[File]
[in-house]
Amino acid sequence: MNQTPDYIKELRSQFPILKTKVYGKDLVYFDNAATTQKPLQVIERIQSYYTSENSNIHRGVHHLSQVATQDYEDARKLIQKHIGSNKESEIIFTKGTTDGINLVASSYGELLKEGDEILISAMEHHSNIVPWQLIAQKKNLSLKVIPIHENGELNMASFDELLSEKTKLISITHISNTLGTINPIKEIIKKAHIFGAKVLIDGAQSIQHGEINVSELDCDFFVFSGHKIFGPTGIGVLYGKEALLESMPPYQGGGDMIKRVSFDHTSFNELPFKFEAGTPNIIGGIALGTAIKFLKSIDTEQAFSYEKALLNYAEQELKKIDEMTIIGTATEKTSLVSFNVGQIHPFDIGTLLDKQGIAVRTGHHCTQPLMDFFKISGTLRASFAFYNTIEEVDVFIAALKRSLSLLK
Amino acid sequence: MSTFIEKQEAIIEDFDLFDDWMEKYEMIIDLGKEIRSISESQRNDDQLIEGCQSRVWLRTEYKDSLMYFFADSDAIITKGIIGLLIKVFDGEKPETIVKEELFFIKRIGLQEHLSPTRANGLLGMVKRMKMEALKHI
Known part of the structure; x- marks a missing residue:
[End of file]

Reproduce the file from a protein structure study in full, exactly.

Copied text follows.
[in-house]
Amino acid sequence: MNQTPDYIKELRSQFPILKTKVYGKDLVYFDNAATTQKPLQVIERIQSYYTSENSNIHRGVHHLSQVATQDYEDARKLIQKHIGSNKESEIIFTKGTTDGINLVASSYGELLKEGDEILISAMEHHSNIVPWQLIAQKKNLSLKVIPIHENGELNMASFDELLSEKTKLISITHISNTLGTINPIKEIIKKAHIFGAKVLIDGAQSIQHGEINVSELDCDFFVFSGHKIFGPTGIGVLYGKEALLESMPPYQGGGDMIKRVSFDHTSFNELPFKFEAGTPNIIGGIALGTAIKFLKSIDTEQAFSYEKALLNYAEQELKKIDEMTIIGTATEKTSLVSFNVGQIHPFDIGTLLDKQGIAVRTGHHCTQPLMDFFKISGTLRASFAFYNTIEEVDVFIAALKRSLSLLK
Amino acid sequence: MSTFIEKQEAIIEDFDLFDDWMEKYEMIIDLGKEIRSISESQRNDDQLIEGCQSRVWLRTEYKDSLMYFFADSDAIITKGIIGLLIKVFDGEKPETIVKEELFFIKRIGLQEHLSPTRANGLLGMVKRMKMEALKHI
Known part of the structure; x- marks a missing residue: